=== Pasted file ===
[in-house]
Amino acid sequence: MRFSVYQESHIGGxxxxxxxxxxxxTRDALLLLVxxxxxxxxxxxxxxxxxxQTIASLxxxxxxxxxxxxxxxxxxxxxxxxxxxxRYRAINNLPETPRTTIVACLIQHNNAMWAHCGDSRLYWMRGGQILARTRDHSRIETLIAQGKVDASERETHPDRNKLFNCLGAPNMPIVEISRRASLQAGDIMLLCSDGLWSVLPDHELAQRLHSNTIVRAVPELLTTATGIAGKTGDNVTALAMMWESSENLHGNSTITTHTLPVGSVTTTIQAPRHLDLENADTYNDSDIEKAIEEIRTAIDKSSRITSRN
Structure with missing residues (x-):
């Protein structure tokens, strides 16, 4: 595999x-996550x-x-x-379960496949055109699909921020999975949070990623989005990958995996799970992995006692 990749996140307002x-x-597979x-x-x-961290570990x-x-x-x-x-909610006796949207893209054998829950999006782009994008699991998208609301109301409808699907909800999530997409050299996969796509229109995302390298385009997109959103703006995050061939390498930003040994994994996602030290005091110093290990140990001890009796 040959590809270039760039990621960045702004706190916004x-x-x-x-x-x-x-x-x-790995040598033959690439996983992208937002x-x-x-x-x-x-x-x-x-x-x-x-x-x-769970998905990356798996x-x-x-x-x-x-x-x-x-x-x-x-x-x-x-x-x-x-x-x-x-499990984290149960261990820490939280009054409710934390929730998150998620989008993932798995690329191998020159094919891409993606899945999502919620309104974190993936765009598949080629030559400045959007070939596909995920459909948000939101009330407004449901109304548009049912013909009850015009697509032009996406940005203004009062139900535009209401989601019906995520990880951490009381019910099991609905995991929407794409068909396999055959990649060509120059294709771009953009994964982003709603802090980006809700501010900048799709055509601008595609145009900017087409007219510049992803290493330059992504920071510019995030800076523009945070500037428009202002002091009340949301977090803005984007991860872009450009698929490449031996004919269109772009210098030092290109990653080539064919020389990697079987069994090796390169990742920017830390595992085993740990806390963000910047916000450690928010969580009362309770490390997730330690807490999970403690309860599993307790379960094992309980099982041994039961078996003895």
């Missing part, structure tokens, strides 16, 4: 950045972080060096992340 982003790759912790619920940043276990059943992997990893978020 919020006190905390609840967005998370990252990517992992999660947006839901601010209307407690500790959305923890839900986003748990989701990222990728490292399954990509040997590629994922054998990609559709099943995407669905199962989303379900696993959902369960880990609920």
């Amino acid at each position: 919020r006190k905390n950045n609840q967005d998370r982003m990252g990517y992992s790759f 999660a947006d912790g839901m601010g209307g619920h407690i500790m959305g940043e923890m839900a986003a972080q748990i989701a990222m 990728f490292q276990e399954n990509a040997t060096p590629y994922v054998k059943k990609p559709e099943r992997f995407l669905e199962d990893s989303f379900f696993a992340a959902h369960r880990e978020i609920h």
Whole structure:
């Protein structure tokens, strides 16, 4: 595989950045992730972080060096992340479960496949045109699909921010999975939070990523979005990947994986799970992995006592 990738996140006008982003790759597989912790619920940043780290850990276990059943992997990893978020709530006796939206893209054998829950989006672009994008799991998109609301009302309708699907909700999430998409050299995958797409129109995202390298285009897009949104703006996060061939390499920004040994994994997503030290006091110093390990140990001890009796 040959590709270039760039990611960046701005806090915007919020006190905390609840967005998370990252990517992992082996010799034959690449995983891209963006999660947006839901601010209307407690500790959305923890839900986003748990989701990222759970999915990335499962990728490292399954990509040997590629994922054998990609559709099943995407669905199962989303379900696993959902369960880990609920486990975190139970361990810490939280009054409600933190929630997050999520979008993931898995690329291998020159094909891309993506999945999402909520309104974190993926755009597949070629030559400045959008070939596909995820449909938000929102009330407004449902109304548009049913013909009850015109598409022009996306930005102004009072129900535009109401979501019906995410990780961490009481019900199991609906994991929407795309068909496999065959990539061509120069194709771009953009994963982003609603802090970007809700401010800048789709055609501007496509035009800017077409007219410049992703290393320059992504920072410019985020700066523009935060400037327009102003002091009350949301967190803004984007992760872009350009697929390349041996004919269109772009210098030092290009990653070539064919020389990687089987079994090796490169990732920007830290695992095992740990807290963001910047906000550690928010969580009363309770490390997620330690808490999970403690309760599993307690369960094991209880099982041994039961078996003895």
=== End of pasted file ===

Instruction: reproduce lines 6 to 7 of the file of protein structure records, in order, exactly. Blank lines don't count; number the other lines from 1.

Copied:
């Amino acid at each position: 919020r006190k905390n950045n609840q967005d998370r982003m990252g990517y992992s790759f 999660a947006d912790g839901m601010g209307g619920h407690i500790m959305g940043e923890m839900a986003a972080q748990i989701a990222m 990728f490292q276990e399954n990509a040997t060096p590629y994922v054998k059943k990609p559709e099943r992997f995407l669905e199962d990893s989303f379900f696993a992340a959902h369960r880990e978020i609920h």
Whole structure: